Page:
Posted in: News
On Monday evening, Kidman Park Primary School celebrated the graduation of their Year 7 students, with the acknowledgement of a very special scholar.
Facility Dog Apollo has been changing the lives and school experience of students with autism spectrum disorder and behavioural challenges, alongside his handler, Deputy Principal Amanda Walker.
At the graduation ceremony, Dog Services Operations Supervisor at Guide Dogs, Tracey and Guide Dog Trainer, Kath presented Apollo and Amanda with his very own Certificate of Graduation in front of his admiring peers.
Amanda, who cares for Apollo fulltime, says he has made a significant impact on not only the children but the wellbeing of staff.
“Apollo has initially been working with 15 students in the school, most of which are on the autism spectrum or have experienced trauma,” she explains.
“We do walks together where I have a chat to the kids and they hold Apollo’s coat handle and debrief about what’s happening for them and how they’re feeling.”
“Alternatively, if a student has completely shut down, Apollo will kind of nuzzle his way in and they’ll soon start talking about what has happened and why.”
Apollo has also been supporting 17 children living with severe multiple disabilities, in the school’s Learning Centre, where he wears a sensory jacket.
“It’s probably the most labour intensive part of Apollo’s work here because he has to focus really hard and make contact with wheelchairs,” Amanda says.
“The teachers have noticed some real progress in some of these kids.”
“When they see Apollo they’re willing to push themselves to reach and grab something off of his sensory jacket.”
He also enjoys his library visits with Amanda five times a week.
“The kids think he can read because he’s really good at looking at their books and it actually does look like he’s reading,” she says.
Apollo is used as an incentive or reward for students with behavioural challenges.
“Their go-to was ‘I want the iPad if I do my work’, but now it’s ‘I want to take a friend and go and play with Apollo’,” Amanda explains.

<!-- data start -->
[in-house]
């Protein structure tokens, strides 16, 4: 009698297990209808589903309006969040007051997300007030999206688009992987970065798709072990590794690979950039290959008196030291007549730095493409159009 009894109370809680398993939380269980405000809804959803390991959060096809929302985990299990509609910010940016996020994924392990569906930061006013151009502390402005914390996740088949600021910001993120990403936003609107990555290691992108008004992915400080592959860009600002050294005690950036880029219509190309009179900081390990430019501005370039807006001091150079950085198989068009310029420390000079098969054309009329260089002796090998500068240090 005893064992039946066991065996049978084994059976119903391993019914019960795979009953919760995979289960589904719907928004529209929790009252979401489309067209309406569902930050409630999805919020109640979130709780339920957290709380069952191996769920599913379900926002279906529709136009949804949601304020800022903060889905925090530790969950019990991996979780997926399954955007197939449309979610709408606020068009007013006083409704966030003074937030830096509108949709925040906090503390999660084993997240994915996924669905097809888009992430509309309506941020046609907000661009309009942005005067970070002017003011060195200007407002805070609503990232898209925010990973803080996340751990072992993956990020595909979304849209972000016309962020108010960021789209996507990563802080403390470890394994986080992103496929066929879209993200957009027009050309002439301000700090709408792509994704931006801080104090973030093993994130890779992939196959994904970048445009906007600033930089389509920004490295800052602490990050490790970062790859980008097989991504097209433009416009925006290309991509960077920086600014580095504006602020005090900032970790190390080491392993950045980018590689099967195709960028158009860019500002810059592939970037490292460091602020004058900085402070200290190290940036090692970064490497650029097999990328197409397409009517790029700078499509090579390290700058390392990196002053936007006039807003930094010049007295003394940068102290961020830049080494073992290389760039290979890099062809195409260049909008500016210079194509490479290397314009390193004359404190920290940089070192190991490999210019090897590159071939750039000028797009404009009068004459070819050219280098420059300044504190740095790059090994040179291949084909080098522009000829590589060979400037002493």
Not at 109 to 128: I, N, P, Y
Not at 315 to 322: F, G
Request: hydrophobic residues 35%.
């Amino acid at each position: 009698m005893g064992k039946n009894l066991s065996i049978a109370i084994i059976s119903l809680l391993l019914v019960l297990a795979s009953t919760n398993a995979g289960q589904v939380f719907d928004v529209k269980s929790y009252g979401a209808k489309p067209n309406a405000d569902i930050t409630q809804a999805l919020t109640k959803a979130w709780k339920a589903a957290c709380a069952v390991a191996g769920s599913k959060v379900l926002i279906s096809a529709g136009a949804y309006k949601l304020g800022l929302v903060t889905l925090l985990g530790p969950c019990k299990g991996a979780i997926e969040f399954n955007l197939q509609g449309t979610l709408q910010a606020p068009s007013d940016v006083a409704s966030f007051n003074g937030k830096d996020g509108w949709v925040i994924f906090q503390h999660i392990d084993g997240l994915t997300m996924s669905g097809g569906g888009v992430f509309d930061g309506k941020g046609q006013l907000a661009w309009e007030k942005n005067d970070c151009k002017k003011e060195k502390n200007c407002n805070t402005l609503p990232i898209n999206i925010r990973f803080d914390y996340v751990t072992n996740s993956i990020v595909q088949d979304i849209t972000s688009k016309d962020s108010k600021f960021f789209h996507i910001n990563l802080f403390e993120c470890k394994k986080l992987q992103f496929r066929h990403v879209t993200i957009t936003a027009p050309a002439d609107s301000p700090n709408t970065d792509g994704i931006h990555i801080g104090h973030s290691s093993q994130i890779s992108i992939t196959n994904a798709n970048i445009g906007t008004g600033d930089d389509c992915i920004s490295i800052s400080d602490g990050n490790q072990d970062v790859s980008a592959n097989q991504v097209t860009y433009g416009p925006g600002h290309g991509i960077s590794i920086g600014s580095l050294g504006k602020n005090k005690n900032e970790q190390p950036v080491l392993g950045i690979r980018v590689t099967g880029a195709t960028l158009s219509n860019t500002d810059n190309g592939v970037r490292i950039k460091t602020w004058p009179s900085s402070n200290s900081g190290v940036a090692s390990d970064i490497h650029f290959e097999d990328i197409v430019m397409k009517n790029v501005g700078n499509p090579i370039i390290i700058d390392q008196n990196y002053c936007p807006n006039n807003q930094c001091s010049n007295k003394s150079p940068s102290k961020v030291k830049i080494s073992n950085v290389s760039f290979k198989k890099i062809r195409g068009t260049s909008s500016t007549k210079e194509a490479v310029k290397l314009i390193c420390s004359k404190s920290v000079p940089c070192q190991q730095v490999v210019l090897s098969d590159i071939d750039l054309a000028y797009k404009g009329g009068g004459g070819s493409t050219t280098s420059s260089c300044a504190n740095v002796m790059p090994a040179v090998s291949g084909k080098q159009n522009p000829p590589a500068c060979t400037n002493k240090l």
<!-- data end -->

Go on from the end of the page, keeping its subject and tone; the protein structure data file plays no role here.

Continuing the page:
As well as this, Apollo teaches the students about the correct etiquette around Guide Dogs, Autism Assistance Dogs, Therapy Dogs and Facility Dogs while they’re working.
“When he comes on my three or four yard duties a week he’ll wear his bandana and the kids know that they can come up and ask to pat him. They’re really respectful to not call him,” Amanda says.
Apollo is also a keen participant in school events, including the fundraising fun run, concerts and of course, his own birthday celebrations.
On a companion level, Amanda describes Apollo as “amazing.”
“My children are so lucky and they love him to bits. He’s just fitted into the family amazingly.”
Both Apollo and Amanda have passed their Public Access Test (PACT), however, because he is a Facility Dog, Apollo only has access to the school he is working at.
As the graduating Year 7’s begin their high school journey, Apollo will remain at Kidman Park Primary where Amanda hopes he will stay in classes for longer periods without her by his side, as he matures in his role.
Apollo has laid a great foundation for the use of Facility Dogs in South Australian schools and is a testament to the impact these important dogs have on the learning outcomes and overall wellbeing of students and staff.